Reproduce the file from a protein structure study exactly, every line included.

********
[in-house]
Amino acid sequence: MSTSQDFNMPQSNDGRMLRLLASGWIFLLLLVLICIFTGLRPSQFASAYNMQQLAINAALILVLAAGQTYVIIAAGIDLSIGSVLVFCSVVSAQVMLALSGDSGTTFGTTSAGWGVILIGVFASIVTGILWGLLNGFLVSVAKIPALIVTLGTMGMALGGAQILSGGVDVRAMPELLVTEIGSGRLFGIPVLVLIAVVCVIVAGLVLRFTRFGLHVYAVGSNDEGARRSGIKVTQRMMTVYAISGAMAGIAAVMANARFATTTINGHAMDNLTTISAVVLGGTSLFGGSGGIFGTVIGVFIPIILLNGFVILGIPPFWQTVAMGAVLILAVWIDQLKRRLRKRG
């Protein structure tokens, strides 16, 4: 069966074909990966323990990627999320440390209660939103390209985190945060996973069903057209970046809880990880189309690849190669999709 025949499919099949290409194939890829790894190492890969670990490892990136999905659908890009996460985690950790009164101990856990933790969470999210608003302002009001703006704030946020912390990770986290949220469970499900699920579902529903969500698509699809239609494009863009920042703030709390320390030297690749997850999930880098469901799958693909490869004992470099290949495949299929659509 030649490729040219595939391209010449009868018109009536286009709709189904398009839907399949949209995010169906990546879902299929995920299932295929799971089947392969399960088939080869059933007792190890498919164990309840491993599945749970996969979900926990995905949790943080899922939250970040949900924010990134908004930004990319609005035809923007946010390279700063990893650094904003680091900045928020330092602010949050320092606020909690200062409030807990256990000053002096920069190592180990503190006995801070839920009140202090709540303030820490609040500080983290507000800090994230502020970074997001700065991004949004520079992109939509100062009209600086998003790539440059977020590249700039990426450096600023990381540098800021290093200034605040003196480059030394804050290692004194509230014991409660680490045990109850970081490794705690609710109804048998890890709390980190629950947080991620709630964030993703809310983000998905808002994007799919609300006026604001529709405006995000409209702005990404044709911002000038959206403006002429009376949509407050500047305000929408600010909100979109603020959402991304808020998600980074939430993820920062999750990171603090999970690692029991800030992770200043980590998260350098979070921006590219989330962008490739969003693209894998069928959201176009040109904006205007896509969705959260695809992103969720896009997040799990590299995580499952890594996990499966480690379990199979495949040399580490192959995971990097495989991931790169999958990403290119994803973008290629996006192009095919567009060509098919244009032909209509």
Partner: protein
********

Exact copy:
[in-house]
Amino acid sequence: MSTSQDFNMPQSNDGRMLRLLASGWIFLLLLVLICIFTGLRPSQFASAYNMQQLAINAALILVLAAGQTYVIIAAGIDLSIGSVLVFCSVVSAQVMLALSGDSGTTFGTTSAGWGVILIGVFASIVTGILWGLLNGFLVSVAKIPALIVTLGTMGMALGGAQILSGGVDVRAMPELLVTEIGSGRLFGIPVLVLIAVVCVIVAGLVLRFTRFGLHVYAVGSNDEGARRSGIKVTQRMMTVYAISGAMAGIAAVMANARFATTTINGHAMDNLTTISAVVLGGTSLFGGSGGIFGTVIGVFIPIILLNGFVILGIPPFWQTVAMGAVLILAVWIDQLKRRLRKRG
């Protein structure tokens, strides 16, 4: 069966074909990966323990990627999320440390209660939103390209985190945060996973069903057209970046809880990880189309690849190669999709 025949499919099949290409194939890829790894190492890969670990490892990136999905659908890009996460985690950790009164101990856990933790969470999210608003302002009001703006704030946020912390990770986290949220469970499900699920579902529903969500698509699809239609494009863009920042703030709390320390030297690749997850999930880098469901799958693909490869004992470099290949495949299929659509 030649490729040219595939391209010449009868018109009536286009709709189904398009839907399949949209995010169906990546879902299929995920299932295929799971089947392969399960088939080869059933007792190890498919164990309840491993599945749970996969979900926990995905949790943080899922939250970040949900924010990134908004930004990319609005035809923007946010390279700063990893650094904003680091900045928020330092602010949050320092606020909690200062409030807990256990000053002096920069190592180990503190006995801070839920009140202090709540303030820490609040500080983290507000800090994230502020970074997001700065991004949004520079992109939509100062009209600086998003790539440059977020590249700039990426450096600023990381540098800021290093200034605040003196480059030394804050290692004194509230014991409660680490045990109850970081490794705690609710109804048998890890709390980190629950947080991620709630964030993703809310983000998905808002994007799919609300006026604001529709405006995000409209702005990404044709911002000038959206403006002429009376949509407050500047305000929408600010909100979109603020959402991304808020998600980074939430993820920062999750990171603090999970690692029991800030992770200043980590998260350098979070921006590219989330962008490739969003693209894998069928959201176009040109904006205007896509969705959260695809992103969720896009997040799990590299995580499952890594996990499966480690379990199979495949040399580490192959995971990097495989991931790169999958990403290119994803973008290629996006192009095919567009060509098919244009032909209509």
Partner: protein